High water levels and heavy wave action have degraded shoreline, beaches, and infrastructure along the Lake Superior side of the Minnesota Point barrier island, located between the Duluth and Superior Harbor entries. The U.S. Army Corps of Engineers (USACE) has been exploring the beneficial use of dredge material for beach nourishment on the barrier island to slow the impact of erosion. The USACE has been collaborating with the U.S. Geological Survey (USGS) since 2019 to collect bathymetry and terrestrial lidar data of beach and nearshore areas before and after beach nourishment. The data are used to evaluate movement of placed material and overall changes to the barrier island and surrounding nearshore area.
The USGS collected bathymetric elevation data for shallow water less than 2 meters deep using a single-beam sonar and for depths greater than 2 meters using a multibeam echosounder. Land surface elevation of the beach was collected using a boat-mounted lidar. The USGS has released the data (available here) from these surveys in XYZ and LAS formats, and as digital elevation models referenced to the International Great Lakes Datum of 1985). The results of the study will provide the USACE with bathymetry and terrestrial lidar data that allow evaluation of 1) the changes to beach and surrounding nearshore areas following placement of dredge material and 2) the extent that dredge material is moved by waves, ice, and nearshore currents. These data will allow management to determine whether beneficial use of dredge material for beach nourishment is an effective way to reduce erosion problems throughout the Great Lakes.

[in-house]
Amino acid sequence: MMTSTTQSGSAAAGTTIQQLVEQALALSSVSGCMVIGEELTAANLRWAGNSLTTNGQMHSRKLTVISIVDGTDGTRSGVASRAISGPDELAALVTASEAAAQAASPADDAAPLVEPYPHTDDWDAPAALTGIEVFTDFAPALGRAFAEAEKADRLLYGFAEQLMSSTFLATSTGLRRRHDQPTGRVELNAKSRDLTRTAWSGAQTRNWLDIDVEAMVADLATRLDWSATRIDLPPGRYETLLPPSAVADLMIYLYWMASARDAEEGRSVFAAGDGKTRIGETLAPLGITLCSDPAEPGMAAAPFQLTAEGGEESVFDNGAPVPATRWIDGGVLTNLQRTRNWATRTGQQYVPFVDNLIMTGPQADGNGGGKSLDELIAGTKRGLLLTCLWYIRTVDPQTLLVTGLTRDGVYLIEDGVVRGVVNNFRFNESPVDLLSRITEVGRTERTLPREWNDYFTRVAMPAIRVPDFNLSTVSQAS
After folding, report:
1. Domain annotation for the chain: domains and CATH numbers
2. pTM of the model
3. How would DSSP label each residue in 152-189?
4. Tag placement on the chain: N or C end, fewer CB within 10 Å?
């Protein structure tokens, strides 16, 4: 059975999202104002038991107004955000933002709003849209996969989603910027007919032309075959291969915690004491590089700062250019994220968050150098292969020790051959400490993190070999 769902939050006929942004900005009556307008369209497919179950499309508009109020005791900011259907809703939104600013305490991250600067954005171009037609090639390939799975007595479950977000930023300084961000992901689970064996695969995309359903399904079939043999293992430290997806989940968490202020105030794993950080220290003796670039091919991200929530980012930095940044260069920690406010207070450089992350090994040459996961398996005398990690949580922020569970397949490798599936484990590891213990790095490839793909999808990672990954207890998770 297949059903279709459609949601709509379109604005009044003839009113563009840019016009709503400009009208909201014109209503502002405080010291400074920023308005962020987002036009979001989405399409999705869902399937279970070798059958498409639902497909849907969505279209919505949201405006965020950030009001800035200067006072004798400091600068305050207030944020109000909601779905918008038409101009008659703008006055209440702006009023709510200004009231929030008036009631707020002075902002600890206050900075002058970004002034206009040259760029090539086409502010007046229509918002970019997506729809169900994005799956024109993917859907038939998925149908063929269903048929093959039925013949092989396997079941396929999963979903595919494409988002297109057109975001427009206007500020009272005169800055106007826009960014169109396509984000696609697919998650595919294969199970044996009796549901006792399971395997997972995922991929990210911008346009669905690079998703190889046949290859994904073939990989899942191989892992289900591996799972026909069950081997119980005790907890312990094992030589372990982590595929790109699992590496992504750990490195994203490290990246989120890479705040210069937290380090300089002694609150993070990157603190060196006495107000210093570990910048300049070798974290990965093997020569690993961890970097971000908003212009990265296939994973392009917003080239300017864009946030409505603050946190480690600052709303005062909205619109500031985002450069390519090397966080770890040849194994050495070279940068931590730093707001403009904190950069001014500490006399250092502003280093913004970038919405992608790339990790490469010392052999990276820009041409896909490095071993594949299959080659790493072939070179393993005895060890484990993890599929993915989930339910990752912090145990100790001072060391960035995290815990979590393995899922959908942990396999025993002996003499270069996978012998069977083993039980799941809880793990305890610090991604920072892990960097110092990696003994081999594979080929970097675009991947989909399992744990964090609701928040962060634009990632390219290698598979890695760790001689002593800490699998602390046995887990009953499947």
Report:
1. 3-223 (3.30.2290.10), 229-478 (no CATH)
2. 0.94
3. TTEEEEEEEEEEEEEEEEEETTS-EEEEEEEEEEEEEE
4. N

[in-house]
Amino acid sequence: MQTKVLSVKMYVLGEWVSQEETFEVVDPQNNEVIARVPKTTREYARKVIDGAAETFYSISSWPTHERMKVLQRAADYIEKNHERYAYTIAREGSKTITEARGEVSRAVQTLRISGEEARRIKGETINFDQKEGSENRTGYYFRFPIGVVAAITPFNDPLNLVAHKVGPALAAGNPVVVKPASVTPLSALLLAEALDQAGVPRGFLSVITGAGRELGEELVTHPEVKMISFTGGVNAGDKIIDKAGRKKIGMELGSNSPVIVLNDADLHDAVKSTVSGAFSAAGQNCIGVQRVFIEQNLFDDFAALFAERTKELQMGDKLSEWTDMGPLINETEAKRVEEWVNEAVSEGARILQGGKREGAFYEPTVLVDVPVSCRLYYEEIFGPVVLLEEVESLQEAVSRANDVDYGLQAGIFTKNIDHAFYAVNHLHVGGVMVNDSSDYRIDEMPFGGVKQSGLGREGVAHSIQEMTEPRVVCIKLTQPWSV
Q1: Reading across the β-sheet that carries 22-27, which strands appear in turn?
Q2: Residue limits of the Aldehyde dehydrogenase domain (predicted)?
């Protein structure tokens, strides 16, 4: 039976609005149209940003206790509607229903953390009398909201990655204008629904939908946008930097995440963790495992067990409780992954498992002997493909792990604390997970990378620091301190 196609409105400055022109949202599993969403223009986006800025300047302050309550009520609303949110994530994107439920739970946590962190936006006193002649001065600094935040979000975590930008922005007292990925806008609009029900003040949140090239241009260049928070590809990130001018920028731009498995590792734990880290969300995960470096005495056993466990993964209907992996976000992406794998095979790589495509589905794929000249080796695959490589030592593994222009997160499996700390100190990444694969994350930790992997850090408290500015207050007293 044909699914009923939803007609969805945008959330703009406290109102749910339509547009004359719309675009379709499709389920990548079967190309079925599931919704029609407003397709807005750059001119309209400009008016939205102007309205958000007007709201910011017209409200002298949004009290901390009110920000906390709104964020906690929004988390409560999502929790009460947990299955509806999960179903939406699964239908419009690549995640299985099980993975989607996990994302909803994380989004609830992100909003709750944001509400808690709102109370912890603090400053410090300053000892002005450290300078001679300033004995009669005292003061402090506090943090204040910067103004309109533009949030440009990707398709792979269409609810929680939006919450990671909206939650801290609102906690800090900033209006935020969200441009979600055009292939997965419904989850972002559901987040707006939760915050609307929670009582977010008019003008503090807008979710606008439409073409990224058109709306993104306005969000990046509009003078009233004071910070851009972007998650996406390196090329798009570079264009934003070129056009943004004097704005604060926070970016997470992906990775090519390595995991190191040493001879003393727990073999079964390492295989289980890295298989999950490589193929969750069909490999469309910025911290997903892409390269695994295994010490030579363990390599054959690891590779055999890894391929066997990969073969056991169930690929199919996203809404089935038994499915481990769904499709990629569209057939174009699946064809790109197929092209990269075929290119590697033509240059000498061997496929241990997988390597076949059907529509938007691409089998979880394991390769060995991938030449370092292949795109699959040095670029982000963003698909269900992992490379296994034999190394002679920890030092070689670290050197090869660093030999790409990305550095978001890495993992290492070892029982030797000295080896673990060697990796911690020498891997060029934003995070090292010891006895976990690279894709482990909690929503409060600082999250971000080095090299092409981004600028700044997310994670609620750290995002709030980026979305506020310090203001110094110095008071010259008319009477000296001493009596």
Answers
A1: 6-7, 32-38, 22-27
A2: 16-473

An elevation map of the beach and nearshore survey areas along the Minnesota Point barrier island of Lake Superior. Inset image shows multibeam data collection.
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